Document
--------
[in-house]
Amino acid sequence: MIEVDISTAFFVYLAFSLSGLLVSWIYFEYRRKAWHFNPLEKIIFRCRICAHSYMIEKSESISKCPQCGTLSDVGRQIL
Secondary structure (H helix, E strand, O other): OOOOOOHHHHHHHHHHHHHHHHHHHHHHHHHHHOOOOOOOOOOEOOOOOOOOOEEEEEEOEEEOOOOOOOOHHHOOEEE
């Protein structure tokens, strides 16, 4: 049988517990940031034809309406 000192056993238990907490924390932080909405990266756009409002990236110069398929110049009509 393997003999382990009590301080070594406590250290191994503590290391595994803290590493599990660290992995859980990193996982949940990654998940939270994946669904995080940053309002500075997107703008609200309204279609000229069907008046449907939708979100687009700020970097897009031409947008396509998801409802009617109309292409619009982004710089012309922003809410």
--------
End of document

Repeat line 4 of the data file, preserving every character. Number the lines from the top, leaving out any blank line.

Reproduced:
């Protein structure tokens, strides 16, 4: 049988517990940031034809309406 000192056993238990907490924390932080909405990266756009409002990236110069398929110049009509 393997003999382990009590301080070594406590250290191994503590290391595994803290590493599990660290992995859980990193996982949940990654998940939270994946669904995080940053309002500075997107703008609200309204279609000229069907008046449907939708979100687009700020970097897009031409947008396509998801409802009617109309292409619009982004710089012309922003809410």